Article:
Hey, Look at This!
Really, there ain't much to holler about as far as exterior styling is concerned. The car is 1.3 inches longer, with most of that length in front, and the whole business has been embellished with the stronger-looking, newly chromed double kidneys. BMW spokespeople say that this was first and foremost to protect humans in crosswalks should one inexplicably roll up the hood of the car. Morbid stuff, but Europe is especially hard on designers in this particular area of safety, and you can see the evidence in the changes to the BMW 5 Series and 7 Series.
The big switch happens under the hood of the 2011 BMW 335i, as the twin-turbo N54 inline-6 has now been replaced by the latest N55 inline-6, which features a single twin-scroll turbocharger working in concert with direct fuel injection and BMW's throttle-less intakes. The output rating remains much the same at 302 horsepower and 295 pound-feet of torque. (BMW North America converts these actual ratings to "300 hp and 300 lb-ft" because they sound good; it's a marketing thing.)
Only Coupe and Convertible Get the Up-do
BMW is leaving alone the exterior of the E90 (sedan) and E91 (wagon) versions of the 3 Series, so the focus of this spiritual renewal is the E92 (coupe) and E93 (convertible). They've been made to look a little bit more like a 5 Series or 6 Series from certain angles. Note particularly the newly grown eyebrows for the headlights, the reshaped intake ducts and the wide chin spoiler. The switch is pretty handsome and does for the face of the 3 Series what two hours of Botox has done for millions of happy customers.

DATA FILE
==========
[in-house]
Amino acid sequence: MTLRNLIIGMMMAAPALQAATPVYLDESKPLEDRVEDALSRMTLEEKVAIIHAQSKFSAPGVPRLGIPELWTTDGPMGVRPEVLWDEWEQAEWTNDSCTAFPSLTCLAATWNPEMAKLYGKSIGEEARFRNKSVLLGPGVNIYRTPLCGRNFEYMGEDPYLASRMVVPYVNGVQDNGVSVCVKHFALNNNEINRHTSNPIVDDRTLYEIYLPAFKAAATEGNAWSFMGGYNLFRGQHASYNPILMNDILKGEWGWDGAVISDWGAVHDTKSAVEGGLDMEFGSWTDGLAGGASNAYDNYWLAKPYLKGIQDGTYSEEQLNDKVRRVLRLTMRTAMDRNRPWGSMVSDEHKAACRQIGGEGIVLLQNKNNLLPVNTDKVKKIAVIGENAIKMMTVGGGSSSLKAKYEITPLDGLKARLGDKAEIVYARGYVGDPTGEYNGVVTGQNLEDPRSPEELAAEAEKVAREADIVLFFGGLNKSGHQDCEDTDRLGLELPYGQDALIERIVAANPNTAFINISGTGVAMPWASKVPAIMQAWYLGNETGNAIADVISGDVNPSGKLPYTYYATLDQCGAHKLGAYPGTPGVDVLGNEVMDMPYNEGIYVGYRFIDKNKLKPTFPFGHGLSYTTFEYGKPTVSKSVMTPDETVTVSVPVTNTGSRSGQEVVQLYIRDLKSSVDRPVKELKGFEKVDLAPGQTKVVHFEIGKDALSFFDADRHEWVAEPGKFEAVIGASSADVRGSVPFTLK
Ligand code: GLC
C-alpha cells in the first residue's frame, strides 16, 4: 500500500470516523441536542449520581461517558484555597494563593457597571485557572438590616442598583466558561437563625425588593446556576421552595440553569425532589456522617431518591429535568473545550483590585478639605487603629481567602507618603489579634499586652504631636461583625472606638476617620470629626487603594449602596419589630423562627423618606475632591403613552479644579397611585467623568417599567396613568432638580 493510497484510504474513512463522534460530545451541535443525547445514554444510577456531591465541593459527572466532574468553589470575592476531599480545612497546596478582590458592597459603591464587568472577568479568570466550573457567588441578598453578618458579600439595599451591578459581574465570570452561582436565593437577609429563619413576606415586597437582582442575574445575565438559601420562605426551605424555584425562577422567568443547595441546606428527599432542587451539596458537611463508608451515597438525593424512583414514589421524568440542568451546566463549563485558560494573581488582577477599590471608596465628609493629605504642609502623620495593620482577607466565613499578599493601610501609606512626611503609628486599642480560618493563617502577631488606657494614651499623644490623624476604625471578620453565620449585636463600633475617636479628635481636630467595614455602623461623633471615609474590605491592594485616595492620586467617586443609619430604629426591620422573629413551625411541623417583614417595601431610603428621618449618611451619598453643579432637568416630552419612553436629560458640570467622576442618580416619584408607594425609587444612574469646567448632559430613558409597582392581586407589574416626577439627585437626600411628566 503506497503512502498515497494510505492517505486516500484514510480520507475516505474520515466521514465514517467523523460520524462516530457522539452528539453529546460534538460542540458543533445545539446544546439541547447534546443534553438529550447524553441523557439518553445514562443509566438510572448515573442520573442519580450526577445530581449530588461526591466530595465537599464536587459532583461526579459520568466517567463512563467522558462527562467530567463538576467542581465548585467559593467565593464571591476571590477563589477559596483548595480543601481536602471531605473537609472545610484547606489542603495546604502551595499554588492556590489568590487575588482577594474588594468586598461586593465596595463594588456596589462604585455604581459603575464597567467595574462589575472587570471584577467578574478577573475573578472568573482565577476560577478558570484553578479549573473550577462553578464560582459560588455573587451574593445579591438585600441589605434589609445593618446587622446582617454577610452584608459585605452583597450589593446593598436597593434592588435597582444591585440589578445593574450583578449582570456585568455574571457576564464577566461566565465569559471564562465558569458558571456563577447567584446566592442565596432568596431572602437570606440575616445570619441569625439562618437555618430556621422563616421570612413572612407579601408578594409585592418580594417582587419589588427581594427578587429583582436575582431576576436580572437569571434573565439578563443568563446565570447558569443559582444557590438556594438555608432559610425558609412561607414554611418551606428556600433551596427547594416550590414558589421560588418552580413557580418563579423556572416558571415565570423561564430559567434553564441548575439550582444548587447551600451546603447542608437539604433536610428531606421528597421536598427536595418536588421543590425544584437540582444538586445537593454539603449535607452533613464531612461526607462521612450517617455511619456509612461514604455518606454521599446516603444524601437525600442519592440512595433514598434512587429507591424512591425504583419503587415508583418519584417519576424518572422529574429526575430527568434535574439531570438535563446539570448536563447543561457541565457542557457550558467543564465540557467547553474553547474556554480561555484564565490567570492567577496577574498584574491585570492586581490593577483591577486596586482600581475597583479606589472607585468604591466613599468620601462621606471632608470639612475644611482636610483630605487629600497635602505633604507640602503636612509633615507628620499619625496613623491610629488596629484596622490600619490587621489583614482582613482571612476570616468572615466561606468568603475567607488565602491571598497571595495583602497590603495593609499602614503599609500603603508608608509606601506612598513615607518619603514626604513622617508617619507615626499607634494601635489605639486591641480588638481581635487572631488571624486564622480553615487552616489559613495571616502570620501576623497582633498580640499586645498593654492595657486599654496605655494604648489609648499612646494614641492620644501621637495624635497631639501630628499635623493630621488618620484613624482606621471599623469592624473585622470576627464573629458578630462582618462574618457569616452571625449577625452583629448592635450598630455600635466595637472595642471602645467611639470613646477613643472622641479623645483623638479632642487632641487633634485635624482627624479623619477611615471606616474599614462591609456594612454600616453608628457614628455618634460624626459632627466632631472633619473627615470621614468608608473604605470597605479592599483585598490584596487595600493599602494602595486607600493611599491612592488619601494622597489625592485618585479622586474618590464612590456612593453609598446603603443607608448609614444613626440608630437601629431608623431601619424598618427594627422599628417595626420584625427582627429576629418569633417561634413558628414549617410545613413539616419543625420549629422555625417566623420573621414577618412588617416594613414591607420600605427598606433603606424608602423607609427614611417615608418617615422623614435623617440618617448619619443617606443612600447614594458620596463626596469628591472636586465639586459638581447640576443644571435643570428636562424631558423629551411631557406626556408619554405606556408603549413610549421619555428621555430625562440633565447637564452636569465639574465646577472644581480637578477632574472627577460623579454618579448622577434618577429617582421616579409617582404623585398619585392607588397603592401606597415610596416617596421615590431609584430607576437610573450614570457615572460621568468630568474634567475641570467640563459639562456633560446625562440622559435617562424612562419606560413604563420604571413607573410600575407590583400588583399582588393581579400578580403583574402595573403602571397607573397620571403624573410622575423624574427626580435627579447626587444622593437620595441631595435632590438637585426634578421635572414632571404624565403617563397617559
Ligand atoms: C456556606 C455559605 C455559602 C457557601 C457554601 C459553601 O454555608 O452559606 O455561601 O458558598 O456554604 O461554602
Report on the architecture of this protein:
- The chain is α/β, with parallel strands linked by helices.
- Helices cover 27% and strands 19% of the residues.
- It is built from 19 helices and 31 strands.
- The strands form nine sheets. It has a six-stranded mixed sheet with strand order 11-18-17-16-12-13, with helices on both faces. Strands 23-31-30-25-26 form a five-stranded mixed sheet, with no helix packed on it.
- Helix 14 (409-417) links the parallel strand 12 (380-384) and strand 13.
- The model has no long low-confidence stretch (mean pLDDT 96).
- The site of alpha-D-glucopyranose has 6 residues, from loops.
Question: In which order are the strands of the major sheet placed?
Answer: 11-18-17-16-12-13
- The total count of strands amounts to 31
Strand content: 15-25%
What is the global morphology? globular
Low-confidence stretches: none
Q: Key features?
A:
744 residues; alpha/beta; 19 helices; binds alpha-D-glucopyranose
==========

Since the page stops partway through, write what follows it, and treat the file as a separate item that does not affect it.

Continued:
At the rocker sills, the skirts flare outward just slightly instead of just tucking under. Then in back you can discern (perhaps with the help of the Hubble telescope or maybe instead a BMW corporate specialist, your pick) more tapered corners on the trunk lid to help accentuate the newly incorporated LED elements in the taillights. Other than these tuchus mods, there is a new horizontal contour in the bottom-most part of the rear fascia that adds a little presence and draws more attention to the two chromed exhaust tips.
Inside the cabin, the 2011 BMW 335i gets a new multifunction steering wheel in leather, while the non-leather grippy parts are of a better grade of soft-touch plastic. (We know, we know. The bigger stuff is coming. Keep reading.) The software all-stars have uprated the iDrive functionality, too. The whole Google tie-in has been old hat since 2007, but this sub-version of iDrive now has a woman's voice that hooks into your iPhone and can read out your text messages, while later in 2010 she will also read your e-mails out loud, too. (Just be careful if you're having an affair and the sigoth is in the car with you!)